Write Right


Writing Tip of the Week

Use the Em Dash ("long dash") to strengthen your writing.

When it's used appropriately, this quirky punctuation adds emphasis to your writing—a touch of dash!

Use a dash to connect two parts of a sentence

Sometimes when linking sentences, use a dash rather than a conjunction to make the sentence more interesting.

Good:

The homeless man had one loonie in his pocket, but he gave it away.

Better:

The homeless man had one loonie in his pocket—he gave it away.

Use a dash to show parenthetical (by-the-way) expression

I moved to a small town—it was in the middle of nowhere—after university.

Use a dash to indicate a long appositive (a description of the subject) or an appositive with numerous commas.

Good:

Sparkly clothing hung on the rack, the kind found only at Christmas.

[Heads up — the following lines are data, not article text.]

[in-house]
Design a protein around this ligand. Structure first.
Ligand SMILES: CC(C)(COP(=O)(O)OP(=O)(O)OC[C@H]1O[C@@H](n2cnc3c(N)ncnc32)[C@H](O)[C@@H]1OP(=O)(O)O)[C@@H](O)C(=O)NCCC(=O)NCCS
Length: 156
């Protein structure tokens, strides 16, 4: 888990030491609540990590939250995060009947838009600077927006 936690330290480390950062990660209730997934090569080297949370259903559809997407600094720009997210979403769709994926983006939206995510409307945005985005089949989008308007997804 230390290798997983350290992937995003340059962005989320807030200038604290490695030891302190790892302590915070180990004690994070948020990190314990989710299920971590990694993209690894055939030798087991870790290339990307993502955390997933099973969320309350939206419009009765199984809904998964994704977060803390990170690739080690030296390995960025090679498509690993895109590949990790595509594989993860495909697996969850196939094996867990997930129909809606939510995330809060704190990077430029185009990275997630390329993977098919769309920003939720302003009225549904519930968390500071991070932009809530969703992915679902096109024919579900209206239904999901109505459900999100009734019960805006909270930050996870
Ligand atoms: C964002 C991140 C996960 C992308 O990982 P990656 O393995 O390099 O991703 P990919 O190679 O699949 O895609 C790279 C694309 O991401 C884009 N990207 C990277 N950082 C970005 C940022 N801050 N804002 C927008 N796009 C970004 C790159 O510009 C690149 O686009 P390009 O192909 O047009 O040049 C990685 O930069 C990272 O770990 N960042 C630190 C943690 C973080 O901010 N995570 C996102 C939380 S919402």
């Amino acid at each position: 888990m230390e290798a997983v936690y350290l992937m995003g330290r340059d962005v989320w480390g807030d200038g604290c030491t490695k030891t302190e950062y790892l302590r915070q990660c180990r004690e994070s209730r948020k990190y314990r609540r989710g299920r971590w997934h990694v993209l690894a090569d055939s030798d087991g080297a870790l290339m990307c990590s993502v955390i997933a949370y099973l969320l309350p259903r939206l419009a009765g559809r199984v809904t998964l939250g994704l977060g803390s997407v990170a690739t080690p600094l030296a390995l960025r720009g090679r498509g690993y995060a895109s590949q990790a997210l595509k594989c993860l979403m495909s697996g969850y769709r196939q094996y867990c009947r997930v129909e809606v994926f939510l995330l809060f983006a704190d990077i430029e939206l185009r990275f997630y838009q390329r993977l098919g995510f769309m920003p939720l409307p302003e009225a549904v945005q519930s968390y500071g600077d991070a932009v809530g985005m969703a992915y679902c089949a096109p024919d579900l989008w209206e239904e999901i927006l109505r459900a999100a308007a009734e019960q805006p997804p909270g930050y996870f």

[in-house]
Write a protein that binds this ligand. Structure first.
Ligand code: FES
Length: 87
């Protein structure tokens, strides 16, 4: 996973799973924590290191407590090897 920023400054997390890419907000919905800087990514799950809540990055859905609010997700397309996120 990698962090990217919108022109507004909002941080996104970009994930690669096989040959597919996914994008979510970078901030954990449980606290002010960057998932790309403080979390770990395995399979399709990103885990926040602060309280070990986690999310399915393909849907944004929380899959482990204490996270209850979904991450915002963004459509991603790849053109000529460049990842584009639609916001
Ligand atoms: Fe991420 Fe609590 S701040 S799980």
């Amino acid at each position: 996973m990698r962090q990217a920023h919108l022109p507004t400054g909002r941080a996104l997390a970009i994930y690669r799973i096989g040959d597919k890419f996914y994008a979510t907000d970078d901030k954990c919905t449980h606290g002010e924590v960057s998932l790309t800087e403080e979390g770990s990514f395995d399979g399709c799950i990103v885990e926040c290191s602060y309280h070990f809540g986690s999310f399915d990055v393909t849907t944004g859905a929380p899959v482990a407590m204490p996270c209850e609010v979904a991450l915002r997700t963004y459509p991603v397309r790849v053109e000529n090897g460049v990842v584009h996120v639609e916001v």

Better:

|Sparkly clothing hung on the rack—the kind found only at Christmas.

Not-so-good:

The company presidents, Charles, Henry, and Ross, were at the table in the boardroom.

Better:

The company presidents—Charles, Henry, and Ross—were at the table in the boardroom.

Use a dash to emphasize or clarify.

He climbed up on the huge rock and sat downon a snake.

Use a dash to show a sudden break in the sentence or hesitation in dialogue

As he pulled out of the driveway, she told him,"I shut off the iron—I think I did—well, I probably did."

Use a dash to indicate that someone's speech is being interrupted by another person.

Yes, hello—well, I—can't come then—but, I—tomorrow would be better for me.

With the help of a summarizing pronoun such as "all" or "these," use a dash before the final part of a sentence to clarify its relationship to the rest of the sentence.

The large lot, spacious rooms, updated appliances, new roof and windows—all these features assured the buyers that the house was worth the high price.

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